‘Ants again! Quick! Where’s the hoover?’ I holler as I follow the boys’ race into the kitchen for breakfast. For some reason, we frequently seem to have a mini ant army marauding around the legs of our table, sheltering from the cold while benefiting from the casual food-drop of a toddler.
Ants dealt with, for the moment, breakfast consumed and we’re beginning to think about leaving the house.
‘Not those…not those…Mummy, I want mys red socks.’ squeals Billy, before his voice ascends into the wail of frustration that so frequently echoes around the house as we’re attempting to get dressed. The same angry cry comes with the opening of the next drawer, as he realises his particular t-shirt desire won’t be satisfied as I try and help my strong-willed child be thankful for what he has, rather than what he doesn’t.
By the time we’re clambering into the car, it can feel like an accumulation of little things like these have clouded the day’s outlook, and my angst levels have been raised before we’ve got anywhere.
But then there are the other little things – the moments that cause the heart rate to drop, and a smile to come. A gloriously Spring like weekend sandwiched between the more expected biting winds and snowfall; a giggle with the boys as we eat our lunch together; the sweetness of my husband returning from a trip; a meal cooked and eaten by everyone, without cajoling and bribery.
My heart can often feel like it’s at the mercy of the ‘little things’. The moments that make up the bigger picture of my circumstances. The sway and flutter of each hour of the day can sometimes shift because of one incident, one disappointment, one delight. It’s exhausting.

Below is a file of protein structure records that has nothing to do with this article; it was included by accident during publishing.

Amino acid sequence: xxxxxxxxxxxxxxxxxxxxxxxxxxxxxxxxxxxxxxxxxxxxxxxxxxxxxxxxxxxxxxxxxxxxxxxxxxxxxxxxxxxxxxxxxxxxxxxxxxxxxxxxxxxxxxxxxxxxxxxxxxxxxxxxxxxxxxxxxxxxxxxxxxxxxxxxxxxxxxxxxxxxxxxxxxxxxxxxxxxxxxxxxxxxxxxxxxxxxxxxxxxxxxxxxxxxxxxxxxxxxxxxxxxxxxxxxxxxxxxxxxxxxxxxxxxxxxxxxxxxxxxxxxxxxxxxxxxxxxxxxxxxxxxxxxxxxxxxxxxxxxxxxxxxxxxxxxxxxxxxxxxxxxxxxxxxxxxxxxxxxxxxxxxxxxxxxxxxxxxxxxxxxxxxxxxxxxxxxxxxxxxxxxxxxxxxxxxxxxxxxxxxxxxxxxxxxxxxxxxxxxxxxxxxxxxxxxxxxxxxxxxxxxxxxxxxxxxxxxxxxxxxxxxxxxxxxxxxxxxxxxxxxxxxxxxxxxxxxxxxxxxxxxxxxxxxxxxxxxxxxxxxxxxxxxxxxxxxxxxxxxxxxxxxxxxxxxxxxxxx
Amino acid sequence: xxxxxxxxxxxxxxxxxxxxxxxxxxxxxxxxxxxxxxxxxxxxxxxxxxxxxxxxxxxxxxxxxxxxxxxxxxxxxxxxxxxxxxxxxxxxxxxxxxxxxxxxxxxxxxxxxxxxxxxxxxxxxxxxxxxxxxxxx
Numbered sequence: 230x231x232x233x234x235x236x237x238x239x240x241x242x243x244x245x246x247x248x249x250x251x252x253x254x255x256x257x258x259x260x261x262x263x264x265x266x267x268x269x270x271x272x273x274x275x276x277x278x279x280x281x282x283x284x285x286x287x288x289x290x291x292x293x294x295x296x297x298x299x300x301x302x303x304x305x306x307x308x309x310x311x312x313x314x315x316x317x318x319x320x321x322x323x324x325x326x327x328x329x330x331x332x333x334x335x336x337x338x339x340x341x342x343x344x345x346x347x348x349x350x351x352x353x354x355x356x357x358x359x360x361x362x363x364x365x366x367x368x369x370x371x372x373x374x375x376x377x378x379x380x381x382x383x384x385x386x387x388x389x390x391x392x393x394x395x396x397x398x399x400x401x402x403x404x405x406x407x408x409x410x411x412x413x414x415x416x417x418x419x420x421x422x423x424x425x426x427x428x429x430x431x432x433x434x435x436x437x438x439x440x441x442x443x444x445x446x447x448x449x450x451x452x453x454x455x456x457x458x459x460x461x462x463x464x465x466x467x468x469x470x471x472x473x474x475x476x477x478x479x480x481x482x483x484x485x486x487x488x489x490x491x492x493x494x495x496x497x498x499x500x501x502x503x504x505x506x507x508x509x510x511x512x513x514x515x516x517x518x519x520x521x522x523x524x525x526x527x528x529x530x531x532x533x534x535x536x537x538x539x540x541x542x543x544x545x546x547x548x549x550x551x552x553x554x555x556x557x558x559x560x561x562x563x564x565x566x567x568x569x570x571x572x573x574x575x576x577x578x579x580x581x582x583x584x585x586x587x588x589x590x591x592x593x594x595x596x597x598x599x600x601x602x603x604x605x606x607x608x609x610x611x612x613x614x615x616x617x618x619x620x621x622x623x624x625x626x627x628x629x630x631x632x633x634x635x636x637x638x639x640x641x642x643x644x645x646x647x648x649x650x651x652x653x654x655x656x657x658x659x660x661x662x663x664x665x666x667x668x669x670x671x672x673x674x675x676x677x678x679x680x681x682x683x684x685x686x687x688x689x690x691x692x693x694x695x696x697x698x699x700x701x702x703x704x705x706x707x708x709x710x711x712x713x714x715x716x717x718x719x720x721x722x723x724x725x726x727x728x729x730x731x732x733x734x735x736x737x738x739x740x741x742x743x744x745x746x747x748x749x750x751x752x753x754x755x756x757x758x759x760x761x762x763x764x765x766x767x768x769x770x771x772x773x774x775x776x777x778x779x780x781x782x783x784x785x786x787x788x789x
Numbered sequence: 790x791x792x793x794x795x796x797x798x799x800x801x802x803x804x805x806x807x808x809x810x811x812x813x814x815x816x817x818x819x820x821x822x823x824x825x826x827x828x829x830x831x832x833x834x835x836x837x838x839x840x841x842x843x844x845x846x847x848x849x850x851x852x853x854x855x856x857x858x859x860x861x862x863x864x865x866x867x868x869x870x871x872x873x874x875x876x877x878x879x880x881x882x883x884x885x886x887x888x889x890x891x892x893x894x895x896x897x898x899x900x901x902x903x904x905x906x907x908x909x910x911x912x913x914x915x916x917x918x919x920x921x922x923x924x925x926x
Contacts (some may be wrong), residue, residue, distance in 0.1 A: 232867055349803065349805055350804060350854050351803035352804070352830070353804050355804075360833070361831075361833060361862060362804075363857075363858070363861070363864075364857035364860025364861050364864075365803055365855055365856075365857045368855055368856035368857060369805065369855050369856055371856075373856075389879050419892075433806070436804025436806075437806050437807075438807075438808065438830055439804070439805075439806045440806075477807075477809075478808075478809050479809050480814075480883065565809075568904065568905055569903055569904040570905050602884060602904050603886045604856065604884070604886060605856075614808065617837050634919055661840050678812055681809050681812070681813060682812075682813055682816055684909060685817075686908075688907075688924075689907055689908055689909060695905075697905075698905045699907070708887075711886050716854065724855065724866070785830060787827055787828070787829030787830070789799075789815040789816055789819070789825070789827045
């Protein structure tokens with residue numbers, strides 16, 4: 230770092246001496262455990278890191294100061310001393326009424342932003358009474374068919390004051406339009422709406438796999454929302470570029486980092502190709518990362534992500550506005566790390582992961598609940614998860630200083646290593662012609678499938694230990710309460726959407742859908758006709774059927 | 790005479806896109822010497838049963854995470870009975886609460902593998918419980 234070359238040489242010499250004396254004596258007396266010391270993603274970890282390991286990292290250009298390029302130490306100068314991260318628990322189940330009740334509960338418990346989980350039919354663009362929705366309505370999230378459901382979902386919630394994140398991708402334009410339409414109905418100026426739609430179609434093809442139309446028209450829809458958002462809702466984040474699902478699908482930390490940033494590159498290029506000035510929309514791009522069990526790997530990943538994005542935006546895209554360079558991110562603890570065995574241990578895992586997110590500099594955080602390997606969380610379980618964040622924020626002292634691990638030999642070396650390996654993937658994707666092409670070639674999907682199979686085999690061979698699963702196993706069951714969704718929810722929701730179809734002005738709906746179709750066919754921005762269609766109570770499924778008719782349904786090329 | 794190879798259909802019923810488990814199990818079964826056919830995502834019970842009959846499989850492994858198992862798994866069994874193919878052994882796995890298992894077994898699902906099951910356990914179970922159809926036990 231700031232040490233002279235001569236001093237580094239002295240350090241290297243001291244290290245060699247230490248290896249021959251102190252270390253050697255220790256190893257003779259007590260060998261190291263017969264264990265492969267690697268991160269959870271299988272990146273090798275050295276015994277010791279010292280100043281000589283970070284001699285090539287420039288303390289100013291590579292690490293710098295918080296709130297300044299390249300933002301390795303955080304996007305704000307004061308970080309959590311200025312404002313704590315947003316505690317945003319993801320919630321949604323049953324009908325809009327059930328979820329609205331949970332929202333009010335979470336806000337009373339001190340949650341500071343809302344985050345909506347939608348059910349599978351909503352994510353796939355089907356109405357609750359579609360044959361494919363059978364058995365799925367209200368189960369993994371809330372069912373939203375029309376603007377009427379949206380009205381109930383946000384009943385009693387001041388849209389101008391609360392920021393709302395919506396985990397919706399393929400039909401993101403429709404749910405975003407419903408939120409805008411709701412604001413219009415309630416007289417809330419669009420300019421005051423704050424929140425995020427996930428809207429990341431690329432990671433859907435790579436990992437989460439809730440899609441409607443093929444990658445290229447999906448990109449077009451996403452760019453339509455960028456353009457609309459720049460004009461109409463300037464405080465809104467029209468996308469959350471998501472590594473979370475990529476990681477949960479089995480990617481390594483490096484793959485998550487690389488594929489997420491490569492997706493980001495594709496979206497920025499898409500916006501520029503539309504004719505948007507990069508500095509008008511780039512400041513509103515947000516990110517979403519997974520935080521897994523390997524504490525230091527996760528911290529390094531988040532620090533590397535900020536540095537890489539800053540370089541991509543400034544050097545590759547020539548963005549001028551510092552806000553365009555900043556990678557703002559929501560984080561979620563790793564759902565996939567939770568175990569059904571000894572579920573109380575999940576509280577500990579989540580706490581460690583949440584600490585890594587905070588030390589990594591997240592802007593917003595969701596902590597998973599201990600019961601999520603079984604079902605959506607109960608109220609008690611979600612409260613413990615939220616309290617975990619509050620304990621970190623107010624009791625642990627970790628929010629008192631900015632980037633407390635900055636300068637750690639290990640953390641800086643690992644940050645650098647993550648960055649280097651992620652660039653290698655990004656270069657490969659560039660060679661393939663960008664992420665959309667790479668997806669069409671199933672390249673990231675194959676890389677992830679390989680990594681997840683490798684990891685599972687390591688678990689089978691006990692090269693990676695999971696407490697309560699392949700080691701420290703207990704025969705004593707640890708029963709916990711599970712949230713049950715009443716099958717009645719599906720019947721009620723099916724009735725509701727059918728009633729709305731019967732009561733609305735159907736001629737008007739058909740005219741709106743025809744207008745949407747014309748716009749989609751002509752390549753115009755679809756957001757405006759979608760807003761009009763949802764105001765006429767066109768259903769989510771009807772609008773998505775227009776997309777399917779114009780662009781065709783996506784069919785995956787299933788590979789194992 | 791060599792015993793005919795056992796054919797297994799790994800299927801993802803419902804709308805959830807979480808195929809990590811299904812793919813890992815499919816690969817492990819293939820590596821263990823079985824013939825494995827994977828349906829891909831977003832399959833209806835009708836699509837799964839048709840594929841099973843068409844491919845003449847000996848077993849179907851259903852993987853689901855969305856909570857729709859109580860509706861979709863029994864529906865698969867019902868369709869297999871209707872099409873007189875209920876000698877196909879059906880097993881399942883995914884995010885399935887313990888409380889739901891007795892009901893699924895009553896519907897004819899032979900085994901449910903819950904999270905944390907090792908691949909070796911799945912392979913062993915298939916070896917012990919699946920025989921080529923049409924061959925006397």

Paul’s letter to the Philippians, in the New Testament, has been filling our hearts and minds as we’ve been discussing it in our small groups and hearing it taught in church. One of the challenges of the letter is seeing Paul’s heart and mind anchored in the big things, rather than nudged and buffeted by the little things. He is concerned for the gospel going out and for Christ’s name to be known. It’s in those things that he rejoices.
I was reminded of this the other day as I confessed my angsty ant related feeling to my husband as we were sitting down to breakfast. He gently suggested that I should try and not let it stress me out. And he’s right. While it is aggravating, it’s out of my control and it’s not the main deal.
While I’m sure ants and squeals, amongst other things, will always interrupt my equilibrium, I’m praying that my heart is steadied by Christ, and His concerns, and so my circumstances – whether little or big – are not the decider.